A Public Health Issue: On Margarine, Masks, and Maris Ayin

A weight has been lifted with the circulation of a viable COVID-19 vaccine. Hopefully with this panacea and more vaccines on the way, we can see the light at the end of this long tunnel. While this is incredibly good news, we are still months away from any real salvation from this plague. 

I was excited to see that the Orthodox Union and the Rabbinical Council of America put out a statement earlier this week outlining their guidance regarding a Covid-19 vaccine. Based on the guidance of Rabbis Hershel Schachter, Mordechai Willig, and Dovid Cohen, they wrote:

Halacha obligates us to care for our own health and to protect others from harm and illness. In addition, Halacha directs us to defer to the consensus of medical experts in determining and prescribing appropriate medical responses to both treating and preventing illness.

There has long been an almost uniform consensus among leading medical experts that vaccines are an effective and responsible manner of protecting life and advancing health. 

Similarly Rabbi Avi Weiss published a piece in the New York Post articulating the clear Torah obligation to preserve  life. Under advisement of your personal health care provider there is a mandate to get vaccinated for COVID-19 as soon as a vaccine becomes available. But there still remains the question as to what we need to do during this  in-between period when some but not everyone has been vaccinated. After we get vaccinated, what is our mandate before the public health officials telling us that the coast is clear?

There is an interesting chapter in halachic history that might help us reflect on our current situation. In 1860’s France, with the rising popularity and cost of butter, Napoleon III made a contest offering a considerable prize to anyone who could create a satisfactory butter substitute. In 1869, chemist Hippolyte Mege-Mouries won the prize with his invention of “oleomargarine”, now known worldwide as margarine. Serving a parve butter-like substance at a meat meal set off a halachic problem of Maris Ayin. It is prohibited to act in a way which strictly speaking is permitted according to halacha, but nevertheless give onlookers the impression that we are doing something forbidden. Or for us now, even if someone got a newly invented vaccine are they still obligated to wear a mask and maintain CDC social distancing rules?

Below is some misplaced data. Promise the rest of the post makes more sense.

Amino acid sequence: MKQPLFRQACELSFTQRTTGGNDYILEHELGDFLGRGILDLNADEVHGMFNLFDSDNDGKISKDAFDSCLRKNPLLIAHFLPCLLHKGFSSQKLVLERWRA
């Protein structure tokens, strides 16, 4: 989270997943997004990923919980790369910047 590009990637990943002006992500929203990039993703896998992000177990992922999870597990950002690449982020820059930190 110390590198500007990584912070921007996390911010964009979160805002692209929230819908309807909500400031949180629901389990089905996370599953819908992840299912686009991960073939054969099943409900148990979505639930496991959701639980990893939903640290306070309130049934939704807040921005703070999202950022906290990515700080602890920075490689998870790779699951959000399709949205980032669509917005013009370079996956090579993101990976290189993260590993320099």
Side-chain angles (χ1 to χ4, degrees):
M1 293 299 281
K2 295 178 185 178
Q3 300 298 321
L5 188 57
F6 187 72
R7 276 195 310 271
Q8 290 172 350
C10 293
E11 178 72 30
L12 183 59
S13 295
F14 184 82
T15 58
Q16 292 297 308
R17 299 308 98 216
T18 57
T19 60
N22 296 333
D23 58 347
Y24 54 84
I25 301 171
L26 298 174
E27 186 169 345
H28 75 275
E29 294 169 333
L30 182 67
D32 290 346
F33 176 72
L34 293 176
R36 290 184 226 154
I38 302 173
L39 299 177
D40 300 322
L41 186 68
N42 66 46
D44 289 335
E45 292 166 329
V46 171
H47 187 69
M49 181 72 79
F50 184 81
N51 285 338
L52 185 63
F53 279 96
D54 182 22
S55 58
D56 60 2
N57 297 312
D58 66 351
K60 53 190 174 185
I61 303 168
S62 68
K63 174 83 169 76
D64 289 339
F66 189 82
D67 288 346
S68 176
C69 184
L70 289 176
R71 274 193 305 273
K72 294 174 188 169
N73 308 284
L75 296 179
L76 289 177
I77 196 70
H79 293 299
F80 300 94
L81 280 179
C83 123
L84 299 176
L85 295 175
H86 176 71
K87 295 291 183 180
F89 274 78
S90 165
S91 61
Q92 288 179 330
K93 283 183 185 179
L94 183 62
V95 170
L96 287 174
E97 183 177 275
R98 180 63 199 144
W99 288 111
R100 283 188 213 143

Unilever seeks buyer for its butter substitutes division

The original case for Maris Ayin comes from a Mishnah discussing the appropriate attire of the priests in the Temple- lest they even seem to be doing any impropriety. There we learn:

For it is one’s duty to seem be free of blame before others as before God, as it is said: “And you shall be guiltless before the Lord and before Israel” (Numbers 32:22) ( Shekalim 3:2)

In other words, although an observer has an obligation to judge others favorably, nevertheless we still have an obligation not to do things that might raise an observer’s suspicions. 

One of the more famous applications of Maris Ayin applies to cooking and/or eating  meat in pareve almond milk. To the onlooker it appears to be a forbidden mixture of meat and milk. The simple solution to this mix up is to place almonds down to show to all that there is no actual prohibition occurring. Based on this idea, at the outset when people served margarine at a meat meal they would put the container on the table to signal that it was actually parve. We would not want anyone to believe that it was actually butter. But when did this practice stop? We clearly do not do this anymore. 

When dealing with issues of Maris Ayin Rabbi Yonason Eibeshutz extrapolated a general halachic rule that any time that the questionable object (or action) becomes commonplace, Maris Ayin no longer applies, as it will no longer arouse suspicion (Kreisi U’Pleisi Y”D 87, 8). The example he gives is if in a place where cooking in almond milk is the norm, then accordingly it would not be necessary to place almonds next to the pot, as the average onlooker would simply assume that one is cooking in pareve almond milk, and not real milk. In the case of a COVID-19 vaccination, Rabbi Eibeshutz ruling is fascinating in that something being commonplace would practically coincide with our achieving herd immunity. This is to say that we will all need to keep on our masks on until none of us need them. Our obligation is not not limited to getting the vaccination. When it comes to wearing a mask and Maris Ayin, it  is an expression of physical and spiritual public health.

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